Mount Climie: An Introduction To My Favourite Wellington Day-Hike

Welcome to my favourite Wellington day-hike.

She’s a pretty low-key space, fairly anonymously tucked-away in Upper Hutt’s ‘Pakuratahi Forest’.  In fact, there’s a really good chance you’ve never even heard of this one.

Allow me to introduce you two…

Mount Climie comprises part of the northern (“tailbone”) end of the ‘Rimutaka Range’, an incredibly long mountain range here in Wellington that most locals could probably tell you something about.

You drive over the “Rimutakas” to get to the “‘Rapa” – they’re a prominent feature.

The great news is that there’s no need to scale any part of them whatsoever in order to get to Mount Climie; that bit comes later.  For now, simply drive yourself along SH2 towards a suburb just north of Upper Hutt called ‘Te Marua’, and along Plateau Road.  The terrain does eventually change from chipseal to gravel, but keep going and eventually you’ll enter ‘Tunnel Gully’, where your adventure officially begins.

There’s a road off to the left at the bottom car-park that takes you to an upper car-park and picnic area.  Drive carefully – service vehicles and SUVs frequent the area, and the road feels spectacularly narrow when you’re approaching each other head-on.  When you reach the end, you’ll see a white metal gate and a bunch of signage telling you you’re in the right place.

From my experience, “Climie” tends to be busy.  It’s very well-loved by local residents, no doubt because it provides the perfect platform for a wide range of leisure activities.  When you go, you’ll see hunter-gatherers, dog-walkers, runners, cyclists, trampers, horse-riders, and hard-core adventure-seekers in their grunty-asf 4WDs.  My advice is to have your listening ears turned-on, and your quick-fire reflexes at-the-ready.

I’ve ascended said apex three times this year, in different seasons: summer, autumn, and winter.  I’d have to say winter was by far my favourite experience, followed closely by autumn.  I found summertime to be too hot and hazy, and being my first go at it I huffed-and-puffed my way up, whereas autumn and winter felt far gentler, comparatively.

One thing that’ll strike you plainly in the face soon enough will be the distinct change in landscape (and temp(!)) around half-way up.  Here, the canopy gathers overhead and it literally feels like you’re entering an enchanted forest.  Everything changes, and all of a sudden you’re looking at different flora whilst feeling significantly cooler in your thermals.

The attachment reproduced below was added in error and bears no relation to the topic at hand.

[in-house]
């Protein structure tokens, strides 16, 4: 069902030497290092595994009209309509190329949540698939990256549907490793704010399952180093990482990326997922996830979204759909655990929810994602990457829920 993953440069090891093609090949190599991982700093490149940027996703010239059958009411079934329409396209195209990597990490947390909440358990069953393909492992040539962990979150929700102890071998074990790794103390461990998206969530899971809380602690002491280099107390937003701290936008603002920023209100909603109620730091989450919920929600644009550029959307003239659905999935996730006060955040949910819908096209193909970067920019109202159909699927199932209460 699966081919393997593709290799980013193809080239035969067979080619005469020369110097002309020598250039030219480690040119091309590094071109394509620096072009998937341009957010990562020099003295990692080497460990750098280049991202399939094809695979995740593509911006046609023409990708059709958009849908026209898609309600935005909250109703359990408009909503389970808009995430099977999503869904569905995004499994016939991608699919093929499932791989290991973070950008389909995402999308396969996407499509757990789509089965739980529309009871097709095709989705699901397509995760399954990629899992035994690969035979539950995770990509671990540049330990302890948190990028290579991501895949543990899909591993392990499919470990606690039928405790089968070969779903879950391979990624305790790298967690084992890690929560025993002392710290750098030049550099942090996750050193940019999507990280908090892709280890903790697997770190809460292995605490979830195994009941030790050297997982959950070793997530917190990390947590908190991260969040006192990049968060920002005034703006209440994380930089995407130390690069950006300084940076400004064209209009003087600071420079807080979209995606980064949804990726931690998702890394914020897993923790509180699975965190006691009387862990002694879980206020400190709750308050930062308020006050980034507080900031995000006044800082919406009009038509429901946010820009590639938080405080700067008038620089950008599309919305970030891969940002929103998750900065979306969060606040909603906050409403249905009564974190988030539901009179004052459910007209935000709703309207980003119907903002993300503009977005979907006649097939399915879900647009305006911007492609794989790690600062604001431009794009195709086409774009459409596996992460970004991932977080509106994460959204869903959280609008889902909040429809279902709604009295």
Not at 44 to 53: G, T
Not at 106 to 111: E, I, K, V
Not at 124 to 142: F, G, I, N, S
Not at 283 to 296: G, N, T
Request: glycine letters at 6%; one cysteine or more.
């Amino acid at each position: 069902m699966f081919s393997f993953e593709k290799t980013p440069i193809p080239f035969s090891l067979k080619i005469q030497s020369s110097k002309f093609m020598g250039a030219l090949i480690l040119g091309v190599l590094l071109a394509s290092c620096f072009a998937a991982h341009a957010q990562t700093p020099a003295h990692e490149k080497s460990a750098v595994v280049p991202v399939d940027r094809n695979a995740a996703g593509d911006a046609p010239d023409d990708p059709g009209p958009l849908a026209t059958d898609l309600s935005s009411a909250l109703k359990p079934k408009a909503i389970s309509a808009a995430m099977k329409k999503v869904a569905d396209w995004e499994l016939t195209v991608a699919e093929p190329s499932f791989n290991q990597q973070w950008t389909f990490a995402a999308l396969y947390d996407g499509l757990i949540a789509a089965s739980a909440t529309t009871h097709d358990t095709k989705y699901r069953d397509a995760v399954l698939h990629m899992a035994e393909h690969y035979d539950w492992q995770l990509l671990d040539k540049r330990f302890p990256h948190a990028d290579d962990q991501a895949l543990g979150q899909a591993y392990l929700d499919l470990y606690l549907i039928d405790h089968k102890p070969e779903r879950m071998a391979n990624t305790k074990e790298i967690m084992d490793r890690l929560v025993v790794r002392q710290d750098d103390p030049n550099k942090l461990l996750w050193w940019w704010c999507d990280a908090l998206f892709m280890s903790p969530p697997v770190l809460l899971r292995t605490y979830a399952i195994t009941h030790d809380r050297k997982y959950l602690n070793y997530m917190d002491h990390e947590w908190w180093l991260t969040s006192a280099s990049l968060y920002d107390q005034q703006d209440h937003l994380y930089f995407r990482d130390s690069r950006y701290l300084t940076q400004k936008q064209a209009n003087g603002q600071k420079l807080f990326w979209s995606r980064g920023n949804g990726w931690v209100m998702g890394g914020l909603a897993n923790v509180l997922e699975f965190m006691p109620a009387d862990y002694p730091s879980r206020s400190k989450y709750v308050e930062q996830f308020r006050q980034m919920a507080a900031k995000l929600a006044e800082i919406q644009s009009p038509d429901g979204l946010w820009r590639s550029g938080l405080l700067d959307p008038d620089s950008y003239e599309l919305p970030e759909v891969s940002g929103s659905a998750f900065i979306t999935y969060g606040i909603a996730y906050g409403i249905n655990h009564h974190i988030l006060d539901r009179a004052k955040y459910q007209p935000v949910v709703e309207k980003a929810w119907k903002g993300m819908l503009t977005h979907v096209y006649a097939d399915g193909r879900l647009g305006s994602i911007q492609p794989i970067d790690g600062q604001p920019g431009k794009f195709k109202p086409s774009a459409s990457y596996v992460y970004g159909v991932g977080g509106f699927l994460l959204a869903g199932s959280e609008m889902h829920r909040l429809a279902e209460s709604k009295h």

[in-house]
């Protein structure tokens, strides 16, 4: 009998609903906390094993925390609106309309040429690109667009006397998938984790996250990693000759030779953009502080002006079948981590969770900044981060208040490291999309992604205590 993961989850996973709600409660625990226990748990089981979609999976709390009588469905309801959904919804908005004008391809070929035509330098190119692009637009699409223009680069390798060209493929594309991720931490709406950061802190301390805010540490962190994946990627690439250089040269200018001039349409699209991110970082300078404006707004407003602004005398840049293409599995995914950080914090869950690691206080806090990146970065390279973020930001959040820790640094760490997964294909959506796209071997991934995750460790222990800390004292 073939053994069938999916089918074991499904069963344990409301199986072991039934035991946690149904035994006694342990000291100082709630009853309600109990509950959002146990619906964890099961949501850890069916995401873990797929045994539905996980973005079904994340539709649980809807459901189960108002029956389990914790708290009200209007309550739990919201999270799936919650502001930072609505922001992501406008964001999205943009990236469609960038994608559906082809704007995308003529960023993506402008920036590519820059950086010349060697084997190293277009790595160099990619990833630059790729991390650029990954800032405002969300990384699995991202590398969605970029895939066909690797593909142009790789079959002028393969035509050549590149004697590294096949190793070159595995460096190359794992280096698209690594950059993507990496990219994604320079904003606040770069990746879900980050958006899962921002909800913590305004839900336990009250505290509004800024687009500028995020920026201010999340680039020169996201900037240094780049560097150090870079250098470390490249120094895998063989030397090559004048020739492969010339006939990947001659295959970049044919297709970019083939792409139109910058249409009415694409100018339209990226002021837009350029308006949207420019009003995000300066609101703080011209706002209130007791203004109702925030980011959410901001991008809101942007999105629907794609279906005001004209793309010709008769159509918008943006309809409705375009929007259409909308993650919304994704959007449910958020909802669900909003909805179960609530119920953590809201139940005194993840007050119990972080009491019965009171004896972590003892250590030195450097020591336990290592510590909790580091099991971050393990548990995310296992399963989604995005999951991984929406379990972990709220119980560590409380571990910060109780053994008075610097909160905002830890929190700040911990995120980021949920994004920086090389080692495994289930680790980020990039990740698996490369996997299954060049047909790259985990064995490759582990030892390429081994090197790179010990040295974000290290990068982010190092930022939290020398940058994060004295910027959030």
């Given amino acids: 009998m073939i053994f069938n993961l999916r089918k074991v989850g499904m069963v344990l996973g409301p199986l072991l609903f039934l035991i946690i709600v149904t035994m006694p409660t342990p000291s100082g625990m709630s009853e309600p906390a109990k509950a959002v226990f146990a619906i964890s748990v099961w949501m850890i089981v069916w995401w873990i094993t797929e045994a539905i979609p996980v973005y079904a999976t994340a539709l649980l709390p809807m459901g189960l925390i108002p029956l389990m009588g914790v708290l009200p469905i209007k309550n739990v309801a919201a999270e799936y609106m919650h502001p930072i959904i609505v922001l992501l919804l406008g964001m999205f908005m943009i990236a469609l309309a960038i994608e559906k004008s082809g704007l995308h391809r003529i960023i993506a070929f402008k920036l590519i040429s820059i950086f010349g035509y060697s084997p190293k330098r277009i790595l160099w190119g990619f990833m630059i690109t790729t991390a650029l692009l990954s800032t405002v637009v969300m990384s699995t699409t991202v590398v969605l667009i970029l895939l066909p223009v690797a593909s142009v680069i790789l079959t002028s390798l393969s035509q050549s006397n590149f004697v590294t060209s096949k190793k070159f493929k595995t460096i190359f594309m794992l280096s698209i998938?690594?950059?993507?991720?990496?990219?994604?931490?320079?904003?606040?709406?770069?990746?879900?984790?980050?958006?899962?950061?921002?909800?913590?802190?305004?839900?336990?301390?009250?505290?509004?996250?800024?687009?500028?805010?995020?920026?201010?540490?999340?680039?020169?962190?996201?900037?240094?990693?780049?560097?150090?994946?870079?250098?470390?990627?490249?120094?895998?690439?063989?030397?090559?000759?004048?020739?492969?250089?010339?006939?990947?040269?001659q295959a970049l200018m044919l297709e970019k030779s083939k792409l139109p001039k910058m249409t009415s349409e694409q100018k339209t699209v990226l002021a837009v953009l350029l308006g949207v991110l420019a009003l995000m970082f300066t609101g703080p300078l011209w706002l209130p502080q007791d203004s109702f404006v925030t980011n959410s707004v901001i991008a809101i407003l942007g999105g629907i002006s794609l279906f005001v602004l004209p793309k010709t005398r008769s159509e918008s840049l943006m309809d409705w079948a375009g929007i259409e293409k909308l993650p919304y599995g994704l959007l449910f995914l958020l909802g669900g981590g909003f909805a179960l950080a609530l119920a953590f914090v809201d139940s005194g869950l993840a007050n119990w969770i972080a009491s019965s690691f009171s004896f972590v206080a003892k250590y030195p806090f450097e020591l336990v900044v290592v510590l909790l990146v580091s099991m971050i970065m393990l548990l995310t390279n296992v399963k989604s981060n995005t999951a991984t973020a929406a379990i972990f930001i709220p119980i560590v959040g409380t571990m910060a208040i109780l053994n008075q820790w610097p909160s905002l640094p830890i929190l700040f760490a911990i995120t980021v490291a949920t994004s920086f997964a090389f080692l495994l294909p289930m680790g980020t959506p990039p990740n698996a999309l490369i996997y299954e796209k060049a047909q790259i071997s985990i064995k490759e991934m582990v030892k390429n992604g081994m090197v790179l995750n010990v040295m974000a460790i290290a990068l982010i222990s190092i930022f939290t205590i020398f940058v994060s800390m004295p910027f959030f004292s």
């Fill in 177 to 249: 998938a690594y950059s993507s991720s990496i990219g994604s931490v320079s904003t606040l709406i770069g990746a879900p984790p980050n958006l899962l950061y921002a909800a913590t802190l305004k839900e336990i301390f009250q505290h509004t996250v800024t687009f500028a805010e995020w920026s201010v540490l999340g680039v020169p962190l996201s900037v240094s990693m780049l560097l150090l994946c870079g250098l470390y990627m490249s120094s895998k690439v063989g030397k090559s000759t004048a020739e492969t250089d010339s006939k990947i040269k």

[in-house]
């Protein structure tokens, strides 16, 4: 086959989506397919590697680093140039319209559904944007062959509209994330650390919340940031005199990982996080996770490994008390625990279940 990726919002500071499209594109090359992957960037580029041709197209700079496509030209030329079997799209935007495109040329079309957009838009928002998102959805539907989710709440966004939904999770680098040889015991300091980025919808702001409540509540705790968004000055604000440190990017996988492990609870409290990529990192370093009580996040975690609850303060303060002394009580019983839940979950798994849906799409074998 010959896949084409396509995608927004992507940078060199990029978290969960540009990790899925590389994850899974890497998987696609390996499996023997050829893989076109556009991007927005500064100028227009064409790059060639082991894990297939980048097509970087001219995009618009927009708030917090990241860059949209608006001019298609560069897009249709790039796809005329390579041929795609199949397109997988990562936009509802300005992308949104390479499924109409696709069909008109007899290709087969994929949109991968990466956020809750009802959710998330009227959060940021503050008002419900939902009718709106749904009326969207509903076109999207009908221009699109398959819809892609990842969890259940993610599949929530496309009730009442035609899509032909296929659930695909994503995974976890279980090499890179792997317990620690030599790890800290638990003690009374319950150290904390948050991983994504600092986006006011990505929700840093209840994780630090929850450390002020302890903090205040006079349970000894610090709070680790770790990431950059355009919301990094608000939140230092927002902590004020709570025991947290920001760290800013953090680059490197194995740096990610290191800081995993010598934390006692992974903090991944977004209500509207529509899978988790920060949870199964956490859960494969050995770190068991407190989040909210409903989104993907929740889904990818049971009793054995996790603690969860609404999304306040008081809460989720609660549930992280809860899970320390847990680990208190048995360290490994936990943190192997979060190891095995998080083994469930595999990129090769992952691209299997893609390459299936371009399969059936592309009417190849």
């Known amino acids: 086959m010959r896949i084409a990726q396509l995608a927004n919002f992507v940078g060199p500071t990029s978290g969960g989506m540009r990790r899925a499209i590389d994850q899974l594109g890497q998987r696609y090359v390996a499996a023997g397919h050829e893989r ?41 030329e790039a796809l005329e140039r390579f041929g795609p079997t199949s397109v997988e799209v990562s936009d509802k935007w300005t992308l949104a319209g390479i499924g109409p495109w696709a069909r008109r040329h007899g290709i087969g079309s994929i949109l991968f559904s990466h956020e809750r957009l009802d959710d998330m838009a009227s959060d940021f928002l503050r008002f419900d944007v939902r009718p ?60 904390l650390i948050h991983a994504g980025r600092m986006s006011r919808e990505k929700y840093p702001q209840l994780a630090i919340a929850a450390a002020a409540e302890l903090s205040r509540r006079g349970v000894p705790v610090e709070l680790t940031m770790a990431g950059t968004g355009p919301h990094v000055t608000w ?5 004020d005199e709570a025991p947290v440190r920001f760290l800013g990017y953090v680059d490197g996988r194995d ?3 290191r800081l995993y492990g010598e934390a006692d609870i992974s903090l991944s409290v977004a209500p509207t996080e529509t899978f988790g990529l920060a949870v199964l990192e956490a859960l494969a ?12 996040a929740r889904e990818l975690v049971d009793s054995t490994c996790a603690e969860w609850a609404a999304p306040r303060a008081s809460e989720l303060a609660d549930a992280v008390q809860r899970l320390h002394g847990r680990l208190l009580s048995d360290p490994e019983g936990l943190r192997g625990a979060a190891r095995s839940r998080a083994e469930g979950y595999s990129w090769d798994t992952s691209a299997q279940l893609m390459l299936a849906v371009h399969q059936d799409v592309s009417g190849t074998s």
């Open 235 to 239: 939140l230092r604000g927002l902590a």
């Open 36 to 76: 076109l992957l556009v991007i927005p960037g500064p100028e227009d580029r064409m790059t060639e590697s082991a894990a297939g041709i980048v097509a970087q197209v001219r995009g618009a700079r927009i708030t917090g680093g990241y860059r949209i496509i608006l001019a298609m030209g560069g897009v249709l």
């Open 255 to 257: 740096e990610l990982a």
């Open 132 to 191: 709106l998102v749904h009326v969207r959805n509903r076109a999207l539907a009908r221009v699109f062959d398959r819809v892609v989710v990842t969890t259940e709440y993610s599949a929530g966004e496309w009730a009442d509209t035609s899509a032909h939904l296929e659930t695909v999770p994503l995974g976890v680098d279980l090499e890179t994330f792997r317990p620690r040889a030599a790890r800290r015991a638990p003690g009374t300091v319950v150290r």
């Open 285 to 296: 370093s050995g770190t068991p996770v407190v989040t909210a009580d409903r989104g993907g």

Pretty remarkable stuff, really, especially for Wellington.

In autumn, the colours are beautiful.  Inspiring, even.  And the plants are so alpine-looking and unusual, particularly if you’re used to ground-level cityscapes and suburbia being your everyday worms-eye view, like I am.

Bit windy…

Winter, on the other hand…

Our Welly-winter this year saw snow fall to ridiculously low levels – yes folks, climate change is alive-and-well here in our tiny South Pacific paradise.  We feel its effects with each season, perhaps most noticeably over our summer- and winter-times.  A “next-level” Antarctic polar blast during July (*2015) was enough to coax me and my keen-asf hiking buddy out to Climie’s sublimely scenic surrounds for a ‘nohi’ (“nosey”), and a play.

We weren’t disappointed.

A constant series of sludge, powder, and knee-deep snowy goodness saw us ascend from foot-to-summit for some seriously breathtaking views.

Just, wow (^) …

Pretty neat-as winter wonderland, eh?

That’s Climie; and, if I were to leave you with any last tid-bits, I’d say:

  • Don’t make the mistake of stopping at the first comms tower or the trig station – here, you’ve reached North Climie but not the true summit of the mountain.  Continue the extra kilometre or-so to Climie No.2 (*and beyond) for better views.  North Climie’s an exceptional picnic lunch spot, though.
  • Pack heaps of fluid, and plenty of layers.  It may start off warm, but you can freeze your tits off in an instant at the top.
  • Take your camera – hell, do like me and take three.

Return the same way, and all-in-all it’s a 12 kilometre return-trip which tends to take us about 3.5 hours – we savour the scenic-route and all its meanderings, always.  And, we stop at the top for food.

Finally: here’s a really useful map of Mount Climie, if you’re like me and you love ’em.

Happy trail-blazing, whānau;


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